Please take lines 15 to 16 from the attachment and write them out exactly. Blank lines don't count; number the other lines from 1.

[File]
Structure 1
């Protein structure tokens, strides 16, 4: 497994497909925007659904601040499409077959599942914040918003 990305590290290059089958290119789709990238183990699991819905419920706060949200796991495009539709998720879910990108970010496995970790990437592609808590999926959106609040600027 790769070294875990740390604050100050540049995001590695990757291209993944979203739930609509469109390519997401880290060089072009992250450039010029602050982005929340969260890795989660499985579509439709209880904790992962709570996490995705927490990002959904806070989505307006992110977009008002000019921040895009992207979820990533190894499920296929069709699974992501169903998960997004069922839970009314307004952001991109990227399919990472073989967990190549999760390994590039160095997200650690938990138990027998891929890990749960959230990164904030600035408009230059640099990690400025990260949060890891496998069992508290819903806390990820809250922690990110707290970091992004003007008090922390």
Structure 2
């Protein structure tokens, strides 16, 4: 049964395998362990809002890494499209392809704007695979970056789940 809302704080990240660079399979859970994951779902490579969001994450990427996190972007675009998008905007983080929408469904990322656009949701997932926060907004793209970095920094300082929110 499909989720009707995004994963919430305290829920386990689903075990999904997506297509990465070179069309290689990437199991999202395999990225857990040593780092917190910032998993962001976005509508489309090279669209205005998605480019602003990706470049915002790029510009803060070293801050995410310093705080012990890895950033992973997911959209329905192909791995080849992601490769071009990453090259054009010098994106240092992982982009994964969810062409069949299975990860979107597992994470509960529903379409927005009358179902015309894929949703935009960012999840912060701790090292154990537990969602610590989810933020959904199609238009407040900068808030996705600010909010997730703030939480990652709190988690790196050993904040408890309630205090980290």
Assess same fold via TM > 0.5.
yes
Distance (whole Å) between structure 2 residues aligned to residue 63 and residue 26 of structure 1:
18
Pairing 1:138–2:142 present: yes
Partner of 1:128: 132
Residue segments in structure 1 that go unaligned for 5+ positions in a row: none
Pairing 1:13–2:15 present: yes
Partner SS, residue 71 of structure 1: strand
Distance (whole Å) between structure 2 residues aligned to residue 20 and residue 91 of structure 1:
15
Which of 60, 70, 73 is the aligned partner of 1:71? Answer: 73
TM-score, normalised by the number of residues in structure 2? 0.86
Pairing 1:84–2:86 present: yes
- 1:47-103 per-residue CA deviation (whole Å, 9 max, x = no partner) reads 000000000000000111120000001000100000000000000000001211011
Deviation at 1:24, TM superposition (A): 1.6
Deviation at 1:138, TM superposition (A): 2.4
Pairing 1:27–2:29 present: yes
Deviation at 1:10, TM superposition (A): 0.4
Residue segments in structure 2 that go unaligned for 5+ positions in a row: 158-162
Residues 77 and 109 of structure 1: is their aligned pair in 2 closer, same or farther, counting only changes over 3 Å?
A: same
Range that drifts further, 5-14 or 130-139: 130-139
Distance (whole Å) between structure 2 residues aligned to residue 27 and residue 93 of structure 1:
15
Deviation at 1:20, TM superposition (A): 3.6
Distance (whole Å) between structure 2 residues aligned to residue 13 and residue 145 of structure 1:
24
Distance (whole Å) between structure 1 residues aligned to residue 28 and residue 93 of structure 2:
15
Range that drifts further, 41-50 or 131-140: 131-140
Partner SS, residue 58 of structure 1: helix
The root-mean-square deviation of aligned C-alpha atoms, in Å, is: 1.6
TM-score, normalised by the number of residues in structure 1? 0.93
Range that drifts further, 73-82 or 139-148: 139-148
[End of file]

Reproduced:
15
Which of 60, 70, 73 is the aligned partner of 1:71? Answer: 73